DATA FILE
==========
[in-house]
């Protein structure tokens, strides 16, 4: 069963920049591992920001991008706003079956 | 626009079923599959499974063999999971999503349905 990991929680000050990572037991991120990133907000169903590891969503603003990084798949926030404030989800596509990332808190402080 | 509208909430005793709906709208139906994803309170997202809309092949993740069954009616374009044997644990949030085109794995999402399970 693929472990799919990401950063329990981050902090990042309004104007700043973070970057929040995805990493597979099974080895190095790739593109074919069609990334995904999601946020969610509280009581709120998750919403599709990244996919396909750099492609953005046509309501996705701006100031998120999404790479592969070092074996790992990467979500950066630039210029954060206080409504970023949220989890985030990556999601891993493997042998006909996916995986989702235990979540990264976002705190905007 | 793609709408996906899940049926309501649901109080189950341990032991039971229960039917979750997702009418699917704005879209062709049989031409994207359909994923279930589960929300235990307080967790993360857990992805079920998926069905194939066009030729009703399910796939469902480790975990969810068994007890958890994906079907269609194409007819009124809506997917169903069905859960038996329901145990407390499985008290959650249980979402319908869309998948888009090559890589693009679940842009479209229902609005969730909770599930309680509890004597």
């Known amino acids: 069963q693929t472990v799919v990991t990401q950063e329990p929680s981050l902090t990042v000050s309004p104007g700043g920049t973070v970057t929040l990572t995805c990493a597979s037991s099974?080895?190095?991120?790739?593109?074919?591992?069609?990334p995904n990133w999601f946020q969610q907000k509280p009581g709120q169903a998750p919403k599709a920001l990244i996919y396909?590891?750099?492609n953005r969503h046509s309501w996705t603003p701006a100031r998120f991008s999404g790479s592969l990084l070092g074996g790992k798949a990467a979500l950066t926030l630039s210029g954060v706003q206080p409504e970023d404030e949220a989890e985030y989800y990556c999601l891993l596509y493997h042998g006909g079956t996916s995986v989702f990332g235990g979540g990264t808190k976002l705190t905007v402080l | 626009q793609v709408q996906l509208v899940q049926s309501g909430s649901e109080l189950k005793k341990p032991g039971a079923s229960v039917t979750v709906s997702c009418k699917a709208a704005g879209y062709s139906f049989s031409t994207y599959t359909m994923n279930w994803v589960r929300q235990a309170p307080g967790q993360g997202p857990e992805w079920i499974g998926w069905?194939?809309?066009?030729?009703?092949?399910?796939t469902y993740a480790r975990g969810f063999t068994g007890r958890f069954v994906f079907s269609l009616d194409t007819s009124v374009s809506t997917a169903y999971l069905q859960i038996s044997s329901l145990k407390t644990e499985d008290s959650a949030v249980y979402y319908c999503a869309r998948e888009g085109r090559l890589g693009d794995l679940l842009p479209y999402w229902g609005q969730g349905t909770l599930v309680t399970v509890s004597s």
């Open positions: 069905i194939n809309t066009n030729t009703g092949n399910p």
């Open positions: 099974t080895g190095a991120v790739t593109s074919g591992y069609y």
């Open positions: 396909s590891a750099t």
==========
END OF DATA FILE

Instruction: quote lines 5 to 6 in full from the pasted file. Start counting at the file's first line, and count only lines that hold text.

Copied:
């Open positions: 099974t080895g190095a991120v790739t593109s074919g591992y069609y």
């Open positions: 396909s590891a750099t």